The ILO process has shown that we still have far to go to develop the intersectoral collaboration needed to achieve the Sustainable Development Goals (SDG) health target. During the ILO debate, many labour leaders and officials considered health sector representatives as intruders, not allies. Tobacco control advocates learnt to be careful to distinguish between the types of engagement with the tobacco industry that ILO must maintain in order to best protect workers, and the kind that compromise the organisation’s independence and effectiveness.

The international tobacco control and health community need to follow through and build on the lessons learnt. It is important to strengthen alliances with workers’ groups, supporting their efforts to protect and empower tobacco growers, as well as support alternative livelihoods, while promoting fair living earnings for tobacco farmers and farm workers and fair tobacco leaf prices. Tobacco taxation should be promoted to garner domestic funding for activities to ensure decent work for tobacco workers. Civil society can also facilitate dialogue between Ministries of Health and Ministries of Labour, building on the access that we have developed with labour officials and activists in other sectors. The implementation of the new ILO strategy will need to be followed closely, engaging in the dialogue it develops to keep prevention against health hazards high on the agenda. Finally, it is vital to keep monitoring tobacco industry interference and engage withother sectors to raise awareness of its implications for their work.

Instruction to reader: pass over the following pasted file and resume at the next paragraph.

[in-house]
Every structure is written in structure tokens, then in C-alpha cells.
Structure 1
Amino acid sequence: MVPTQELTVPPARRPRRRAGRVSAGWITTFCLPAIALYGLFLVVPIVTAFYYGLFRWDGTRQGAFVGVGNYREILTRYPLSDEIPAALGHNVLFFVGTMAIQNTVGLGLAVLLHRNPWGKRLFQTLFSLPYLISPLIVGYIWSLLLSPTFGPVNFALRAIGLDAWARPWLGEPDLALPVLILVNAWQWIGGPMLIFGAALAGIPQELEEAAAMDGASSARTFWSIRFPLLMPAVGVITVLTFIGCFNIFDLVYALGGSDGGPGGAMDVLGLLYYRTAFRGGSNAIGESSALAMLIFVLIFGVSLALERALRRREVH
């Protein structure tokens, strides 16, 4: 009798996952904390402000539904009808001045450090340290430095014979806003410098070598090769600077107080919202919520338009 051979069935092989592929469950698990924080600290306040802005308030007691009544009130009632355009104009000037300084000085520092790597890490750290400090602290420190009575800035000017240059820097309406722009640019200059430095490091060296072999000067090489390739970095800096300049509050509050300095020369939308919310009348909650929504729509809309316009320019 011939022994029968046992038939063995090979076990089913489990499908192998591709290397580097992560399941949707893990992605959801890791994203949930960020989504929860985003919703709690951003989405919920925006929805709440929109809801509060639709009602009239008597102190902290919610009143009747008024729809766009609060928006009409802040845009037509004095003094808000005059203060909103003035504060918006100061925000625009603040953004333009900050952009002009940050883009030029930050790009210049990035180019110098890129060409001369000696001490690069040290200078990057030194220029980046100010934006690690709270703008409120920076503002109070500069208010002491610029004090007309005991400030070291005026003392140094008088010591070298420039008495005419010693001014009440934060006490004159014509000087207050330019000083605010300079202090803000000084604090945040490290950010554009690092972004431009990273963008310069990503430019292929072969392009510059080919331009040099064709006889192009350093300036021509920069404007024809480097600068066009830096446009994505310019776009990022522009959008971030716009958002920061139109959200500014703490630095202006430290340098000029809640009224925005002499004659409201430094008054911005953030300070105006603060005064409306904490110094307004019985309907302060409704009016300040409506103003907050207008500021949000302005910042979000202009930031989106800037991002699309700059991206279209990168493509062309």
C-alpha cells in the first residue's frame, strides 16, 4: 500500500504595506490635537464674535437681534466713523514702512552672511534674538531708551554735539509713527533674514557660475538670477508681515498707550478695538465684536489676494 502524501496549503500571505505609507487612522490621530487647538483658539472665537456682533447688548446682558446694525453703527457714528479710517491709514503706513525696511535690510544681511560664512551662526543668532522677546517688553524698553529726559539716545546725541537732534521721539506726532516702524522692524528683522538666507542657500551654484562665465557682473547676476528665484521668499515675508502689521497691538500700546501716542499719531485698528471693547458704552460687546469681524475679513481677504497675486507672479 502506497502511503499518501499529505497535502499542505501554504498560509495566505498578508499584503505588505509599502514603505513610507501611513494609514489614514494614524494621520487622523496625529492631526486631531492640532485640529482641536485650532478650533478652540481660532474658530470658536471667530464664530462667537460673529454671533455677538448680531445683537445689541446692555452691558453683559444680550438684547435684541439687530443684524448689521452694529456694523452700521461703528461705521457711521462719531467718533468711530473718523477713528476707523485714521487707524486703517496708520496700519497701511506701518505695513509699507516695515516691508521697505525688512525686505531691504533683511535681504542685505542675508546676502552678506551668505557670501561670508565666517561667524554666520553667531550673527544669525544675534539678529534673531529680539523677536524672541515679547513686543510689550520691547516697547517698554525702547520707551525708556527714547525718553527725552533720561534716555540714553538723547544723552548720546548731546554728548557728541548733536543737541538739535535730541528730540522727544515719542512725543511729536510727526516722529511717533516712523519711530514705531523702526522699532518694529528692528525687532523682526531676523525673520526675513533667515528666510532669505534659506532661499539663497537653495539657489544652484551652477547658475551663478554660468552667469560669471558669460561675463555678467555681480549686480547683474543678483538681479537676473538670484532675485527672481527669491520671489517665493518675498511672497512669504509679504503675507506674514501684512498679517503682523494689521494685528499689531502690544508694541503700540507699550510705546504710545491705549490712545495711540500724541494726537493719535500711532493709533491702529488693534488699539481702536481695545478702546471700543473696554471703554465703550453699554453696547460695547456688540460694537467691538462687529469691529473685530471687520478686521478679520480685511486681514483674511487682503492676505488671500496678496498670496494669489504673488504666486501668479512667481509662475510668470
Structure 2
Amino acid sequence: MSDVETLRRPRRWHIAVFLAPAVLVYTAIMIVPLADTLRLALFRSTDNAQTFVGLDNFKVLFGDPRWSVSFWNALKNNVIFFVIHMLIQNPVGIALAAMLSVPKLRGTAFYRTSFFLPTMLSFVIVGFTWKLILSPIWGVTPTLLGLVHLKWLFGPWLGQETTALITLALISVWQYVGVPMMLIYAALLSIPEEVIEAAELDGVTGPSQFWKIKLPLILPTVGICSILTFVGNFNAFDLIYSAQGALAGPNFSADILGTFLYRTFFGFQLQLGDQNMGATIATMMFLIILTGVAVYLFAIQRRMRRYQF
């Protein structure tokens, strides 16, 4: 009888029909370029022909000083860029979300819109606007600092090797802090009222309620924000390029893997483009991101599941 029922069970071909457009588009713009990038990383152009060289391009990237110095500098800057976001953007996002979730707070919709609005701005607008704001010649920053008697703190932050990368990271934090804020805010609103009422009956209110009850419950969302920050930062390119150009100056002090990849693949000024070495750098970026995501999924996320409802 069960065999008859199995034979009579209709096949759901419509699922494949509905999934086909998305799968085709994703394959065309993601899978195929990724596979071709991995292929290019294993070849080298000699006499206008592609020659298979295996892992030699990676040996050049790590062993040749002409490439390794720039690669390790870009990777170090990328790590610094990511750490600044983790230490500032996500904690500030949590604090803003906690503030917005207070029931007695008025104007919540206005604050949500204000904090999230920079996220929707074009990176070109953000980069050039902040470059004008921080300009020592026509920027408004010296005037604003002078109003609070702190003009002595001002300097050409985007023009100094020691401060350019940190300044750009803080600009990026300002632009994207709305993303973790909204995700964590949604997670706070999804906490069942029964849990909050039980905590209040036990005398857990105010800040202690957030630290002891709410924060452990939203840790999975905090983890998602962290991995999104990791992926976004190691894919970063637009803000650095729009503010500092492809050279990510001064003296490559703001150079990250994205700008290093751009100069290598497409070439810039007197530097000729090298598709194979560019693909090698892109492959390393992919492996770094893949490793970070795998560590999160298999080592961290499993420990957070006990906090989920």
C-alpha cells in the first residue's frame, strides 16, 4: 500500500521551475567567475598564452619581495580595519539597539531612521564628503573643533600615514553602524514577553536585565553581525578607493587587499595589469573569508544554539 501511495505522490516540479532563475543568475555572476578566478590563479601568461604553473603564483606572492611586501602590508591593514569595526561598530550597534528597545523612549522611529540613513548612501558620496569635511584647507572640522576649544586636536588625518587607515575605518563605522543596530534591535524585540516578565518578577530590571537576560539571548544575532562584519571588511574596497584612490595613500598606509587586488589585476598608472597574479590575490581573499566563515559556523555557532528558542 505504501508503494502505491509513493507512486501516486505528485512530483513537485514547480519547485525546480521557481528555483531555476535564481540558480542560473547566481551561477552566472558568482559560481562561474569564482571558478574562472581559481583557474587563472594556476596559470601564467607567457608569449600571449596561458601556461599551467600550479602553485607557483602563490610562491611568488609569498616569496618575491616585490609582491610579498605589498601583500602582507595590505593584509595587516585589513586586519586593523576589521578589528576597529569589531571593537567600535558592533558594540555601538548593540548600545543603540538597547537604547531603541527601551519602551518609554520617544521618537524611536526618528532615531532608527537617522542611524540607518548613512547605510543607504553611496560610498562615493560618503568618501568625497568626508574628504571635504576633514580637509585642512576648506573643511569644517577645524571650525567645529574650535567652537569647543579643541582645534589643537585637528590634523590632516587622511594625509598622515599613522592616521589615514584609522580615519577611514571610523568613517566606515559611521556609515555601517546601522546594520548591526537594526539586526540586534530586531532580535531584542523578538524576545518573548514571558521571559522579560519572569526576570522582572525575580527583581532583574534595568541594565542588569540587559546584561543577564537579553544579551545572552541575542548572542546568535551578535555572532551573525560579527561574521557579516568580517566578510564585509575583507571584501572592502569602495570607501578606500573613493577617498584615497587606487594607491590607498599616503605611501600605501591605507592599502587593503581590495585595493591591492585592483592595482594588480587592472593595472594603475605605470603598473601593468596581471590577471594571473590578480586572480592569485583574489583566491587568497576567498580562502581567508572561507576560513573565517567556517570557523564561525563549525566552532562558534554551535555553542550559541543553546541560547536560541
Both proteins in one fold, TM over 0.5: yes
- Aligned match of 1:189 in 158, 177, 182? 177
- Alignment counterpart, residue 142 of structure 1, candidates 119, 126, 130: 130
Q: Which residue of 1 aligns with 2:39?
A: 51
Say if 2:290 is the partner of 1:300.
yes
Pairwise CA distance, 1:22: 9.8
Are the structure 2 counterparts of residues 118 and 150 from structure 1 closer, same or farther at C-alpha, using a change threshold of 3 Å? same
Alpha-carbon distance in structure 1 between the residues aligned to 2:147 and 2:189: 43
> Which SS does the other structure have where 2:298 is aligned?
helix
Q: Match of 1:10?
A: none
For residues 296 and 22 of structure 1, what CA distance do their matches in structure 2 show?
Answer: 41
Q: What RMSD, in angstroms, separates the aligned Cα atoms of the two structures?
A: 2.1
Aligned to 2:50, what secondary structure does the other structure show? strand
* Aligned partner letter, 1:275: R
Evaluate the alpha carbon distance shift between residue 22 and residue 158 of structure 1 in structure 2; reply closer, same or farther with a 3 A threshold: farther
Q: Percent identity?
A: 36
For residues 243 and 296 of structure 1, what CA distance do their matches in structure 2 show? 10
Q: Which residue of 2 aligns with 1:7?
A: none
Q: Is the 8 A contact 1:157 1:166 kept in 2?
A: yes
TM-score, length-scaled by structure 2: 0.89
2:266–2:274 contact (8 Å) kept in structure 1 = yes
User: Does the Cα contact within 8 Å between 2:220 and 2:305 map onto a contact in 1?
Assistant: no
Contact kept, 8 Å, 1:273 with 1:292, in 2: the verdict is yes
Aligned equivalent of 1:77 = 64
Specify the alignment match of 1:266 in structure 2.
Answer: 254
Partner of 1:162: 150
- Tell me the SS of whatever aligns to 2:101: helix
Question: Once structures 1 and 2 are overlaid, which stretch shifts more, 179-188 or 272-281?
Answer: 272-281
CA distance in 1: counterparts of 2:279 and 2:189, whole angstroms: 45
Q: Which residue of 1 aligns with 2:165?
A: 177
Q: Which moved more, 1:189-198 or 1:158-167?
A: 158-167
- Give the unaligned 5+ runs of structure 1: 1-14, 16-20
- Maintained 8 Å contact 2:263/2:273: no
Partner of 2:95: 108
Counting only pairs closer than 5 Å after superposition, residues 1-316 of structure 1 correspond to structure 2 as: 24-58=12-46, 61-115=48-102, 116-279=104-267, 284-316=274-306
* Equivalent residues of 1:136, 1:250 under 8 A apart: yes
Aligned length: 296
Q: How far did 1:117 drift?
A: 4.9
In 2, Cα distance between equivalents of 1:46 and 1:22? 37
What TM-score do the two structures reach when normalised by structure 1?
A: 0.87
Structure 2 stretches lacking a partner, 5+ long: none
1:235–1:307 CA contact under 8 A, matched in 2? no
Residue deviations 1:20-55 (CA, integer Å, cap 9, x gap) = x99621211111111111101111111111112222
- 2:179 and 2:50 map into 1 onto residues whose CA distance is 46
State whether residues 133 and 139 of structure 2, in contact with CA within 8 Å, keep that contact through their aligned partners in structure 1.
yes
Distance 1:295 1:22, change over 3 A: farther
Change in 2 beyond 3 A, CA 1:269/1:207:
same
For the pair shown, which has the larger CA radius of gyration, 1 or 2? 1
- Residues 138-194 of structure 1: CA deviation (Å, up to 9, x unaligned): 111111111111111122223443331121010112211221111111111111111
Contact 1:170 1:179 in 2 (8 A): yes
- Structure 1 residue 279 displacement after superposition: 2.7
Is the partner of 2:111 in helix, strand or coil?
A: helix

The real meaning of the ILO decision will be negotiated through the details of its implementation at national level. Local tobacco control networks can play an important role in seeing that the spirit of the ILO decision remains intact.

This is an edited version of an article published on the Tobacco Control website. The full article can be found at Contributing authors: Leonce Dieudonné Sessou, Fastone Goma, Lutgard Kokulinda Kagaruki, Marty Otanez and Hellen Neima.

Alice Grainger Gasser

Independent Consultant, Switzerland

Australia: further implementation of FCTC 5.3 guidelines